[Ppnews] Help free political prisoner Sekou Kambui!

Political Prisoner News PPnews at freedomarchives.org
Tue Mar 14 20:17:07 EST 2006

   Help free political prisoner Sekou Kambui! Contribute funds to his parole
campaign now!
   Sekou Cinque T.M.  Kambui (s/n William J.  Turk) has already spent more than
29 years in prison for crimes he did not commit.  After years of activism in
the Civil Rights movement, Sekou was falsely accused of murdering two white
men in Alabama in 1975.  He is recognized as a political prisoner by several
international organizations.
   Sekou is a well-respected community leader and has consistently demonstrated
an ability to lead a responsible and productive life.  He is a paralegal
professional and has been an active jailhouse lawyer and prisoners' rights
activist for more than 25 years.
   In June 2006, Sekou will appear before the parole board.  He has a VERY real
chance of winning his freedom if he has adequate legal representation.
   We need $3000 to help free Sekou! His legal expenses are a big challenge,
but we know that the community will support him.  Anything you can spare will
make a difference!
   Please send funds to:
   The Sekou Kambui Fund
773 Kingman Drive
Vacaville, CA 95687 USA
   You can contact us with any questions at montrealabcf at gmail.com.
   Yours in solidarity,
The Sekou Kambui Defense Committee
   SEKOU CINQUE T.M.  KAMBUI (s/n William J.  Turk is a New Afrikan political
prisoner currently serving two consecutive life sentences for crimes he did
not commit.  Sekou has already spent more than 29 years of his life behind
bars on trumped up charges of murdering two white men in Alabama in 1975.
   Throughout the 1960's, Sekou participated in the Civil Rights movement,
organizing youth for participating in demonstrations and marches across
Alabama and providing security for meetings of the Southern Christian
Leadership Council (SCLC), Congress for Racial Equality (CORE) and the
Student Non-Violent Coordinating Committee (SNCC).
   On January 2, 1975, Sekou was captured in North Birmingham for allegedly
running a yield sign and/or speeding.  During this stop, a 9mm pistol was
found in the car lying between the front seats.  Subsequent investigation by
police on the scene discovered that the pistol was listed as stolen during a
Tuscaloosa, AL murder.  A wide-range investigation followed, which included
inquiries into his personal relationship with a white woman.  At one point
during the investigation, Sekou was told by one of the investigators, "We
don't really give a damn whether you committed these crimes or not, but you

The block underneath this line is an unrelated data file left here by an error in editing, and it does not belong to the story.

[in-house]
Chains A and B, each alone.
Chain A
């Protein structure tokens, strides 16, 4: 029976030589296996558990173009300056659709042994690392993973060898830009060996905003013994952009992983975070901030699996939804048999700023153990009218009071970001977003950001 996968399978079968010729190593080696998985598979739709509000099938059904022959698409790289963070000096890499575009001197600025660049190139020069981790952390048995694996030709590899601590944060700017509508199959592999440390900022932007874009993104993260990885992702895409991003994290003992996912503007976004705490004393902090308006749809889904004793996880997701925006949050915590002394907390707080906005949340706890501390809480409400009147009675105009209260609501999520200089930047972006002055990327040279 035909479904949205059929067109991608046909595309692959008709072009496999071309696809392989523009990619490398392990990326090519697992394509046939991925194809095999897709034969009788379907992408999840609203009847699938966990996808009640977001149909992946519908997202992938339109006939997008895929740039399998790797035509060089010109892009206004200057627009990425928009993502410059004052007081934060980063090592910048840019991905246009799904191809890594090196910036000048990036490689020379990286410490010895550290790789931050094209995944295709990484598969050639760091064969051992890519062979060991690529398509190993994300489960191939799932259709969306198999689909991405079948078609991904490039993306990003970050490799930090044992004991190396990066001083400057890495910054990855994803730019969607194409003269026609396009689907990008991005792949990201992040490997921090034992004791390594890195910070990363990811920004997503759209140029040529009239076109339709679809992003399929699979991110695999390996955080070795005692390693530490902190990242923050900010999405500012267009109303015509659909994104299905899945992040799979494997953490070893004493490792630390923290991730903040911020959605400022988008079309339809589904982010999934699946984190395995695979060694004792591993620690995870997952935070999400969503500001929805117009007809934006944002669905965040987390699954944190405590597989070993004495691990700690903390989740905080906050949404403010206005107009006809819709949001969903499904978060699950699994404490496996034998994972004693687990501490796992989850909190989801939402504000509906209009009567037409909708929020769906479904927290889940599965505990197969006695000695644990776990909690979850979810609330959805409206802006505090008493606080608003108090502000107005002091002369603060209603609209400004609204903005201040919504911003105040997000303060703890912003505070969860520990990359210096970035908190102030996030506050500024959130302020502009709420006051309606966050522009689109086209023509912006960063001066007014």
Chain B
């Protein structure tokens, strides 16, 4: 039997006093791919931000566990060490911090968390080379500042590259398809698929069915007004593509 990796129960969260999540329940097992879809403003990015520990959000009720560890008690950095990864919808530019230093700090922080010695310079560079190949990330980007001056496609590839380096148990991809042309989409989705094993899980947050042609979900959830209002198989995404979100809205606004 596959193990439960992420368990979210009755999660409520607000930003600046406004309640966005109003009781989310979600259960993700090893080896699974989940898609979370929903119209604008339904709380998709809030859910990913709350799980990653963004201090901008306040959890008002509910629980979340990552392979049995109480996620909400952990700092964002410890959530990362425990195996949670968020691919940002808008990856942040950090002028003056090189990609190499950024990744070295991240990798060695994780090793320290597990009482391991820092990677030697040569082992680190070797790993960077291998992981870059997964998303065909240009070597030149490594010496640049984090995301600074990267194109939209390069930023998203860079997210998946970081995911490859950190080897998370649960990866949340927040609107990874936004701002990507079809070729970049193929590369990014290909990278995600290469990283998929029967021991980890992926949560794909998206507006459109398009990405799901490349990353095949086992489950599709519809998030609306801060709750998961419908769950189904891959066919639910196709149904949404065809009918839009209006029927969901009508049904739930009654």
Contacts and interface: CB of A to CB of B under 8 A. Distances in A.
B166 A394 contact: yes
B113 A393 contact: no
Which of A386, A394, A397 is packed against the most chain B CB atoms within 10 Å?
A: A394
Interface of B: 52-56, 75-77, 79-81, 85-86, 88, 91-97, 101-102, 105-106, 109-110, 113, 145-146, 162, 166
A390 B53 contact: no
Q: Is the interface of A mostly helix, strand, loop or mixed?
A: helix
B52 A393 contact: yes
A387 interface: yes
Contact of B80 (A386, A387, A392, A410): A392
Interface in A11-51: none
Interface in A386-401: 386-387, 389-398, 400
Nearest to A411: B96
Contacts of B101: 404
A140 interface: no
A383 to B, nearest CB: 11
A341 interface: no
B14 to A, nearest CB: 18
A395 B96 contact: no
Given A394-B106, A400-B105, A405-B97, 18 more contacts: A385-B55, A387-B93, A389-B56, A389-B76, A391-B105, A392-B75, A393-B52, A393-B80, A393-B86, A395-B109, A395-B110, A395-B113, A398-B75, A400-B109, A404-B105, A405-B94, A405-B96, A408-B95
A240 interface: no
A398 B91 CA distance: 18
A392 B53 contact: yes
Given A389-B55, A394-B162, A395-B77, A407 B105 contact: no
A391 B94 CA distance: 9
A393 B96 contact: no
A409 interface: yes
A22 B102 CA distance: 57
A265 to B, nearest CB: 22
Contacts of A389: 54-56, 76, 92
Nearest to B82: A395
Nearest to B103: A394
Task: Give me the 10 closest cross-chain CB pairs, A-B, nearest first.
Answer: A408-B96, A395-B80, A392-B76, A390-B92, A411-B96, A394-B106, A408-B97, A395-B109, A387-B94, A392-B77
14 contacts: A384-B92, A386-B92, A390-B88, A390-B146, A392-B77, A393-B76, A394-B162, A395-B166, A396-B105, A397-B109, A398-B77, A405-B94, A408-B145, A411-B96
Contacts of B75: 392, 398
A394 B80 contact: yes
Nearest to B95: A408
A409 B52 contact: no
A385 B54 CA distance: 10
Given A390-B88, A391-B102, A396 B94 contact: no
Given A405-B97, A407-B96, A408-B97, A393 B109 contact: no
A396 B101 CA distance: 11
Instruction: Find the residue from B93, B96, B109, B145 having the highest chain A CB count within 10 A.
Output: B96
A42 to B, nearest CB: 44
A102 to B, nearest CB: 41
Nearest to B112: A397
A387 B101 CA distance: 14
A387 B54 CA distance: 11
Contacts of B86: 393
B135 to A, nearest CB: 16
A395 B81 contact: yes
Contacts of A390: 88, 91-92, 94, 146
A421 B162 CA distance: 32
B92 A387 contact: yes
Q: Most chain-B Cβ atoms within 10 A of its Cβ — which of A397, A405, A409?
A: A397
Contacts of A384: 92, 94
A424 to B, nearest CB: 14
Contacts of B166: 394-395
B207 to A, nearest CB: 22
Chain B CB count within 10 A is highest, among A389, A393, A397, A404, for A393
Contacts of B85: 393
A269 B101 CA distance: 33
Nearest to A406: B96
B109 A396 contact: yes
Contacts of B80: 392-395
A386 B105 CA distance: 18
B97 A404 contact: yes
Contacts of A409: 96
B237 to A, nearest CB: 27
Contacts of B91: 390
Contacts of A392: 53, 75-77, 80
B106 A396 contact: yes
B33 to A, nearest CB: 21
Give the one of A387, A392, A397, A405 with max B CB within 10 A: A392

should have because we are gonna hang your ass with them 
anywaychinin" Sekou was
falsely arrested and charged with the murders of two white men: a KKK
official from Tuscaloosa and a multi-millionaire oilman from Birmingham.
   It's not surprising that Sekou was found guilty of both murders in separate
trials.  Did Sekou have a chance of being found innocent? If one considers
the nature of the case in that there was a Black man standing accused of
killing two White men in Alabama in 1975, then the initial conclusion must
be no.  But when the Black man in question is considered an "Uppity Nigger"
by the White power structure, it becomes a proven fact.  On that basis alone,
Sekou was presumed guilty.  Despite immense pre-trial publicity, the court
denied a motion for a change of venue.  An appeals court later affirmed this
decision, citing examples of ineffectiveness of the counselor.  In fact, the
nature of this case was so intense that during a 1985 investigation of the
crime, persons in Tuscaloosa vividly recalled details of the murder, the
accused (Sekou), and the entire issue of the killing.  Major witnesses in
both cases admitted during this same investigation that they had been forced
to testify against Sekou and had repeatedly been visited by the Birmingham
Police Department, as well as the Jefferson County Sheriff's Department.
   Defense witnesses in the first trial were so terrified after continuous
threats and racial intimidation by the Birmingham Police for providing alibi
testimony that they fled Alabama, leaving Sekou without a defense for his
second trial.  To this day no direct evidence has ever been found to connect
Sekou to the murders.  The pistol that he was captured with has never been
conclusively linked to the crimes.  The Alabama Department of Corrections,
through the seizures of legal material and mail, repeated retaliatory
transfers and threats to interfere with impending parole dates have
continuously thwarted Sekou's legal challenges to both convictions.  For over
twenty-eight years now, Sekou has been held captive in the Alabama
Department of Corrections.  As a jailhouse lawyer, his legal reputation
precedes him at every institution.
   In fact, many prisoners owe their freedom to Sekou's legal efforts on their
behalf.  He has won numerous other civil actions regarding medical
malpractice, abusive treatment, abusive segregation and abusive prison
conditions, all of which have earned him nothing but retaliatory transfers.
Every attempt made to appeal his original conviction has been stymied by
missing legal transcripts, illegal confiscation of law books and legal
research/trial preparation materials, etcchinin In the last ten 
years, Sekou has
been up for parole five times, and has been denied every time and set off.
Prior to every parole consideration there has been a punitive transfer and
escalation of harassment due to legal action taken by Sekou on behalf of
other prisoners.  He co-founded the Social Consciousness Development Group,
which unites prisoners, families and outside supporters to struggle for
prisoners' rights.

The Freedom Archives
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San Francisco, CA 94110
(415) 863-9977
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